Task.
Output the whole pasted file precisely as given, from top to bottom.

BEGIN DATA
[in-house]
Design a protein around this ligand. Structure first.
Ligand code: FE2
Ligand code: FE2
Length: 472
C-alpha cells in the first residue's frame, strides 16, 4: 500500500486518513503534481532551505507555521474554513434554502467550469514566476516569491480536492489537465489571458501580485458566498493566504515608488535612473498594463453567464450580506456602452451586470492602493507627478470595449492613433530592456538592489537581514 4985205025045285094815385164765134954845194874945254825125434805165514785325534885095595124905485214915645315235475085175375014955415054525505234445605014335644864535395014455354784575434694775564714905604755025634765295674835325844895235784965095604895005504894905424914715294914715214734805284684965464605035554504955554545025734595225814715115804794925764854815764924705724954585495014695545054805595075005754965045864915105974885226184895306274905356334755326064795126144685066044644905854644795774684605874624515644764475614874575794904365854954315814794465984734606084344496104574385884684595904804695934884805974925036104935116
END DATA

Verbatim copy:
[in-house]
Design a protein around this ligand. Structure first.
Ligand code: FE2
Ligand code: FE2
Length: 472
C-alpha cells in the first residue's frame, strides 16, 4: 500500500486518513503534481532551505507555521474554513434554502467550469514566476516569491480536492489537465489571458501580485458566498493566504515608488535612473498594463453567464450580506456602452451586470492602493507627478470595449492613433530592456538592489537581514 4985205025045285094815385164765134954845194874945254825125434805165514785325534885095595124905485214915645315235475085175375014955415054525505234445605014335644864535395014455354784575434694775564714905604755025634765295674835325844895235784965095604895005504894905424914715294914715214734805284684965464605035554504955554545025734595225814715115804794925764854815764924705724954585495014695545054805595075005754965045864915105974885226184895306274905356334755326064795126144685066044644905854644795774684605874624515644764475614874575794904365854954315814794465984734606084344496104574385884684595904804695934884805974925036104935116